Tuesday, August 4, 2015

Head crash cuts short my testing of the Pertec controller


I cleaned up some of the CRC generation design but was still testing as of the end of lunch today. I first have to reconcile what I am seeing - to generate the same CRC value as I am retrieving from the disk - before I am sure that the generation logic is sound.

After quite a bit of struggling, I realized that somehow they injected the sync byte into the CRC generator. If I start with just the header fields (two bytes of cylinder number and one of combined head/sector) the CRC comes out wrong, but if I start with the 0xFF sync byte before the three header bytes, I come up with the same CRC value as was stored on the disk.

The therefore don't really check for a sync byte, the controller treats the first non-zero bit as the start of the sync byte and just stuffs that all into the CRC generator. If it was a spurious one bit inside the preamble, the CRC won't match thus this is not risky, but it makes my synchronizing logic wrong or I would need to go inject a pseudo sync byte into the generator myself.

However, I did come up with a solution that is simple - I can change my CRC generator module so that a master reset sets up the register values equivalent to having processed the sync byte, rather than to all zeroes. That way, my existing logic can feed the three header bytes through and get to the same CRC value. This is what I did. Interestingly, that is a value of 0x4040.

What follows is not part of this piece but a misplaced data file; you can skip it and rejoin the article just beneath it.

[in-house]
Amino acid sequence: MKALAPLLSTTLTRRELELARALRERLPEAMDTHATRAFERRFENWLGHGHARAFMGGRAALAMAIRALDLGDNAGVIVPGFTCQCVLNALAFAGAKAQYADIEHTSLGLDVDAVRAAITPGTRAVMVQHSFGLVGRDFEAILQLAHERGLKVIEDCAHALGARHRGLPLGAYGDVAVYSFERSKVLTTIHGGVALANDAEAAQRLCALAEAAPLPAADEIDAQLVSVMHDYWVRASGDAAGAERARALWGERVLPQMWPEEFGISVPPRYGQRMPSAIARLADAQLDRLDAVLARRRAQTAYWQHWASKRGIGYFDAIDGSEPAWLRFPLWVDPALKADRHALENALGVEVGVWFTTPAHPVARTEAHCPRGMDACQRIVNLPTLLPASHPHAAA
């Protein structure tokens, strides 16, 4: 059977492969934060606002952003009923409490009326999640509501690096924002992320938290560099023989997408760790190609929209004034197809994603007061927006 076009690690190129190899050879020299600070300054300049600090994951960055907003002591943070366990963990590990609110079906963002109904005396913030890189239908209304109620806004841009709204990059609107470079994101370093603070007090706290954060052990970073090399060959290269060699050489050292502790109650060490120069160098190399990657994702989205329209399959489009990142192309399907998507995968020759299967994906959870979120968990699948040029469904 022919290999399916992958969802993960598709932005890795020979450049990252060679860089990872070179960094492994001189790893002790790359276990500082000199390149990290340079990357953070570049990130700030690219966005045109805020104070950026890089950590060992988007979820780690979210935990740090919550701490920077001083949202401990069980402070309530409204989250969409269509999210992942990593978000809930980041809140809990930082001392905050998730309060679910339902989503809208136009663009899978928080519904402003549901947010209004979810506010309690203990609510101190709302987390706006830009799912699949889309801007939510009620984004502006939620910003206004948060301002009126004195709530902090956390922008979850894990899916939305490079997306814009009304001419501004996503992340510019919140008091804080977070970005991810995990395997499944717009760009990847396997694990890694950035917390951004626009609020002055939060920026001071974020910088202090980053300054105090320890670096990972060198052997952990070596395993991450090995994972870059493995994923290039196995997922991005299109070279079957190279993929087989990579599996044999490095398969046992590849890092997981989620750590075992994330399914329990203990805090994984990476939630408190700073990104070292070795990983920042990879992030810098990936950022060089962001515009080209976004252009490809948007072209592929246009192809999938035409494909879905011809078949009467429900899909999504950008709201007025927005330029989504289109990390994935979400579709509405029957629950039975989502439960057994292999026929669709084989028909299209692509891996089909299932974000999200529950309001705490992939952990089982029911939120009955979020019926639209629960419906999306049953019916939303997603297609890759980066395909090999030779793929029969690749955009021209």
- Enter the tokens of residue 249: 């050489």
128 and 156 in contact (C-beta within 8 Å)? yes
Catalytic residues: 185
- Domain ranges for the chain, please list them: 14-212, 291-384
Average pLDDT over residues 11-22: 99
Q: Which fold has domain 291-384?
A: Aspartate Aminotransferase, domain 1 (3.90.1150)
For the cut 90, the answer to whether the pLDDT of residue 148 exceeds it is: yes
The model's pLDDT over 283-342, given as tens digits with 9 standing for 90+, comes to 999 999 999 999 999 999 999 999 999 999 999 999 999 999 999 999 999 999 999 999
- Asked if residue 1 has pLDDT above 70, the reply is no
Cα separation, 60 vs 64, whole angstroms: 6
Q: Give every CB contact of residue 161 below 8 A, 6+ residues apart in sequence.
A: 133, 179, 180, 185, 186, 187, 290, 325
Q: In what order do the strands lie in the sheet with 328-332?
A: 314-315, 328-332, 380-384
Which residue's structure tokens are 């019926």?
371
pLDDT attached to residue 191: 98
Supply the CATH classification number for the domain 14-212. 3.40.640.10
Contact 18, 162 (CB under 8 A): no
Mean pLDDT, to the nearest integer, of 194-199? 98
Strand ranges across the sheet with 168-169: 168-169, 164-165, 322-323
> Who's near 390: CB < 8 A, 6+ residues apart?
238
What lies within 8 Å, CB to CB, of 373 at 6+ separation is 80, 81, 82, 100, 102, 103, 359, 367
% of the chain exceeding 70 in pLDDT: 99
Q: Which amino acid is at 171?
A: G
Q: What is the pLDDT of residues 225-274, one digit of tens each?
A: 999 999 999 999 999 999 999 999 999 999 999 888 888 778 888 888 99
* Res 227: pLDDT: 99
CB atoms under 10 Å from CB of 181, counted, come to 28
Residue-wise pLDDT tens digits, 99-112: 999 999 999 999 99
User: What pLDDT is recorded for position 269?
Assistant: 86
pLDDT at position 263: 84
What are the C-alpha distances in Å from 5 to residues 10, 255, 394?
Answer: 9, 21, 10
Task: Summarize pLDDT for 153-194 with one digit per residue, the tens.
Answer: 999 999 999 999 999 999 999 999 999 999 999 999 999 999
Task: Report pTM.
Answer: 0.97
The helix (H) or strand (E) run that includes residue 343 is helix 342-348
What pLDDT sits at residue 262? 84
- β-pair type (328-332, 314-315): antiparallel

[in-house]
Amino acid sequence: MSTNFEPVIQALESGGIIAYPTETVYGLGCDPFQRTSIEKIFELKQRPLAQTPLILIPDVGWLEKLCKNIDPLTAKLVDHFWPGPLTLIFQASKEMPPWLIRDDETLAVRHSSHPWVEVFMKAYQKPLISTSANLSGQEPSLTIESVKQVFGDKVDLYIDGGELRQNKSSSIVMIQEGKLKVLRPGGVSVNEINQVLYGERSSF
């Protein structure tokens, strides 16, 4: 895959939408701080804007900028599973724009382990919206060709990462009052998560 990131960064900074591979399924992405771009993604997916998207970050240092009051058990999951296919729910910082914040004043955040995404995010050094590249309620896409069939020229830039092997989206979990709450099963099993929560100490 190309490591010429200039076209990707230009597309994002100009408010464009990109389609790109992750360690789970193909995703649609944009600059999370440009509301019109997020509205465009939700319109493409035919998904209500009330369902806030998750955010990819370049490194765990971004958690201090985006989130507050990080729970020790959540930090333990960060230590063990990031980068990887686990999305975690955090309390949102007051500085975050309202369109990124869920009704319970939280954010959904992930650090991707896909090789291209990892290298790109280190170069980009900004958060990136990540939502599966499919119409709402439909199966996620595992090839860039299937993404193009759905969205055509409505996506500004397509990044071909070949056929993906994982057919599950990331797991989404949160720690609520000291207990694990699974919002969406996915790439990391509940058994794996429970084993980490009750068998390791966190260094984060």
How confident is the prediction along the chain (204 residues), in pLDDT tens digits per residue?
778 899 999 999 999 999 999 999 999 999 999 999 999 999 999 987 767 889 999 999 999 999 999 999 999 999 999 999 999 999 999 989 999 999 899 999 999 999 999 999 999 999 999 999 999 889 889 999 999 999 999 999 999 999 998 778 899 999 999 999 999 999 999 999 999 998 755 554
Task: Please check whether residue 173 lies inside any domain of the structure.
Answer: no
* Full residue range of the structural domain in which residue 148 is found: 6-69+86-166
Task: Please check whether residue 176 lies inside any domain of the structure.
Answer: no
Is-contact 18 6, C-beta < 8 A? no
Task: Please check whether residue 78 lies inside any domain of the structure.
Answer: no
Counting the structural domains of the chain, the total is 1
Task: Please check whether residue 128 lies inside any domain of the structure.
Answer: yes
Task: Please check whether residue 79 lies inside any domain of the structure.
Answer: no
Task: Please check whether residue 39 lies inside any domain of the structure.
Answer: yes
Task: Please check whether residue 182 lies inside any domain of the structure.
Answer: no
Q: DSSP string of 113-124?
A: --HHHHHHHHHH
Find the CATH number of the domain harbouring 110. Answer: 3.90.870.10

Test setup for disk controller (center) and drive (on left)
While I was testing, I suddenly heard the motor slow down ever so slightly, followed about a minute later by a slight scraping sound which I suspected was a head crash. When I pulled the removable cartridge out, I could see the scraping line where the interference was occurring and can see a bit of the oxide trailing on the head. Oh well. I won't be doing any more testing for a while. Not sure how bad the impact was - might be repairable with a cleaning but likely the pack is toast even if the head is cleaned perfectly.


  1. Oh man... that sucks. Doesn't the disk drive know this is 2015 and head crashes almost never happen any more? Grr....

  2. (The drive probably wears really wide ties too....)

  3. If you initialize a CRC check with all zeros, you don't detect leading zeros, or the lack of leading zeros. Many initialize to all 1's to avoid that, but it looks like yours has a different solution.

  4. The logic starts in a state that is skipping over a continual string of zeroes, until the first 1 bit arrives. The CRC was initialized to zeroes so that the generator ignores all the preamble bits until the first 1 bit hits. That is the sync bit, although to set up byte boundaries, there is a whole byte of 1s recorded. The CRC begins right where the 0xFF arrives and continues for the known number of bytes. This is how it deals with leading zeroes - an initial state that requires some minimum number of zero bits in a row.